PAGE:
Ujjain is situated on a unique geographical location 

from where tropic of cancer passes

It is the 'Greenwich Mean Time'of India for Panchang.

Ayodhya, Mathura, Maya, Kashi, Kaanchi,

Avantika, Dwarawati saptashiav mokshdayaka.


The early history of Ujjain is shrouded in the Puranic traditions. According to a tradition, Yadu warriors Krishna and Balarama came to Ujjain to learn various sciences as the disciples of the great Guru Sandipani. The epic Mahabharata narrates that two warriors kings of Ujjain Vinda and Anuvinda took part in the bharata were killed fighting against the Pandavas. Excavations conducted at Garh area in Ujjain reveal the existence of Ujjain in 7th, 6th century AD. During this period in 6th century BC Ujjain was the capital of Avanti Janapada. 


Mahakaleshwar Kund

At that time there had been sixteen such janpadas in North India in which Magadha, Kosala, Vatsa and Avanti had been most prominent. There had been a shift in the ruling dynasty which brought an ambitious here Chanda Pradyota in power. During the reign of one of his successors, a peoples revolt against his tyrannical rule was witnessed in Ujjain, first of its kind in India.   

In ancient times Ujjain was a key political and trade centre of Koshambi-Paithan route joining North and South India via Vidisha, Govard, Ujjain and Mahishmati.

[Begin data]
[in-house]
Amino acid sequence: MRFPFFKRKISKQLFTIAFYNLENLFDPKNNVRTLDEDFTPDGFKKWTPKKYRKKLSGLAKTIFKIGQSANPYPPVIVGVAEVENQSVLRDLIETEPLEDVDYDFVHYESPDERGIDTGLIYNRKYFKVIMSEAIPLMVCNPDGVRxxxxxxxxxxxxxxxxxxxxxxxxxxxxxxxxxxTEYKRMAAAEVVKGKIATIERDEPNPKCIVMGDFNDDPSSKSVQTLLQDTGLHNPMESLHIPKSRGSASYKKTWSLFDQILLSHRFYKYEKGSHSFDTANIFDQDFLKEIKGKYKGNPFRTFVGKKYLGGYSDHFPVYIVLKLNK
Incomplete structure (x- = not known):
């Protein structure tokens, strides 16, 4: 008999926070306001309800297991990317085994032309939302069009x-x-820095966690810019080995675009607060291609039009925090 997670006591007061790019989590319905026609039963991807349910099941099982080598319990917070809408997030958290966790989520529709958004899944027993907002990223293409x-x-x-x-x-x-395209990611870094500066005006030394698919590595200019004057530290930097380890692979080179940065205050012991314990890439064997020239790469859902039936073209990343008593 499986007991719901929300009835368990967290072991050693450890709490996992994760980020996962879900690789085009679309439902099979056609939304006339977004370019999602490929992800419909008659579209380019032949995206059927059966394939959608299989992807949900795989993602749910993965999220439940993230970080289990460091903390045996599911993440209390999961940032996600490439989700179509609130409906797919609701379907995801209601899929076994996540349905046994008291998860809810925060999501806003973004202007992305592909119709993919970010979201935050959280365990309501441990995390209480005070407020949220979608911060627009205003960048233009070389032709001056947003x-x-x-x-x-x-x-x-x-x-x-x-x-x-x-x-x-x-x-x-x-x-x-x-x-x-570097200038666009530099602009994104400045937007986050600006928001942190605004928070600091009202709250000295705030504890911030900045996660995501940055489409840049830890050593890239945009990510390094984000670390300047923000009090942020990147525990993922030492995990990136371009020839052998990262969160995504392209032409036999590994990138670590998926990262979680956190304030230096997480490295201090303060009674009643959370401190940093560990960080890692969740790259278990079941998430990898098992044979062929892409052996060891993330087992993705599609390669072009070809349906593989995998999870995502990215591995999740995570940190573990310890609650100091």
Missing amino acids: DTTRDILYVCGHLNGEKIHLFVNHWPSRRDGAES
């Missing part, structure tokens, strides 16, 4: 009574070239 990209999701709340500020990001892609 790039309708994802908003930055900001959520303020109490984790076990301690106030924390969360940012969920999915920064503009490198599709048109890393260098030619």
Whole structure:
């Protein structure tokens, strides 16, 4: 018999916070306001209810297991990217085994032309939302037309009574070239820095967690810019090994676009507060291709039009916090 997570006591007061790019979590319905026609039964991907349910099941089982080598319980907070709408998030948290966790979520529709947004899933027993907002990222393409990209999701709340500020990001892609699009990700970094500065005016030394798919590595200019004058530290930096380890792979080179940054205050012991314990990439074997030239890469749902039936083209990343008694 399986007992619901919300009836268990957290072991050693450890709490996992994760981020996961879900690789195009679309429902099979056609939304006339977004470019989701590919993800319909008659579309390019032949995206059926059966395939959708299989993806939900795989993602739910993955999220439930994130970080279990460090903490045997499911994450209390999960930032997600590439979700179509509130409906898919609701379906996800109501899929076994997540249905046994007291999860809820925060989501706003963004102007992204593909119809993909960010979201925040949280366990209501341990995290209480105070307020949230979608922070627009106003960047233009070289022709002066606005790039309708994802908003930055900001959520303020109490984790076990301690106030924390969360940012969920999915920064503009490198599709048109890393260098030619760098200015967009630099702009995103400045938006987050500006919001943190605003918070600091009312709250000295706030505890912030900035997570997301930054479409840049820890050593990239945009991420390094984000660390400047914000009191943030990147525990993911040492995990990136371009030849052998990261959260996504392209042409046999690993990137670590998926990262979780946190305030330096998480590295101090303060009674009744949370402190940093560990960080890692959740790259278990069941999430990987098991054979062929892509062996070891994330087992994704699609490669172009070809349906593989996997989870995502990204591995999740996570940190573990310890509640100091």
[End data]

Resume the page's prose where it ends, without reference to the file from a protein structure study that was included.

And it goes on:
During Mauryan period, Ujjain had been the headquarters of Avanti province. The great emperor Chandragupta in the Jaina ascetic forms visited Ujjain en-route to Karnataka. His grandson Ashok was appointed as Governor of Ujjain by Mauryan emperor Bindusara. His son Mahendra and daughter Sanghamitra were born in Ujjain who later on whole-heartedly propagated the Buddhism in Ceylon.

In 1st century BC, Ujjain witnessed the scene of struggle between the local Gardabhillas and the alien synthians. Ultimately, The warrior king Vikramaditya repulsed the alien invasion and to commemorate the event, an era now know as Vikram era, was started. It is said that king of Vikram of Ujjaiyni was a brave, courageous and a just ruler. He was a patron of scholars and the learned, well-versed in various sciences. Nine great such authorities, popularly known as Nava-ratnas (Nine0gems) adorned his court. These had been Dhanvantri, Ksapanaka, Amarasingha, Shanku, Vaitala-Bhatta, Ghata Karpara, Kalidasa, Varahmihar and Vararuchi, Kalidasa has been a post and dramatist of the world fame. Similarly Varahamihar was a great astrologer and mathematician.  

The "Periplus of the Erthrean Sea" an account of an unknown Greek them residing in Egypt, made a voyage to India, sometimes in first AD. The periplus talks of Ozen (Ujjain) in the east of Barygaza (Bhrigukachchha in ancient times, now Broaches which fed all commodities to trade like Onyx, Porcelain, fine muslins, spikenard, castes godellium to this important part and to other parts of India. The articles of export to the western world such as precious stones and pearls, scents, spices, perfumes, silks and muslin etc. reached the part of Bhrigukachchha from the remote North through Ujjain which was connected with it by land - route.

In second century AD the Kardamaka branch of the Shakes emerged as the Kshatrapas of Ujjain Chashtan, Rudradaman and many other rulers ruled in Ujjain upto 4th C AD, When there power was finally extinguished by the Guptas in the eastern and the Aulikaras in the Western Malwa. During the Guptas Aulikaras age, as the contemporary shasta dramas tell us Ujjain had been a remarkable cosmopolitan trade centre after 6th C AD.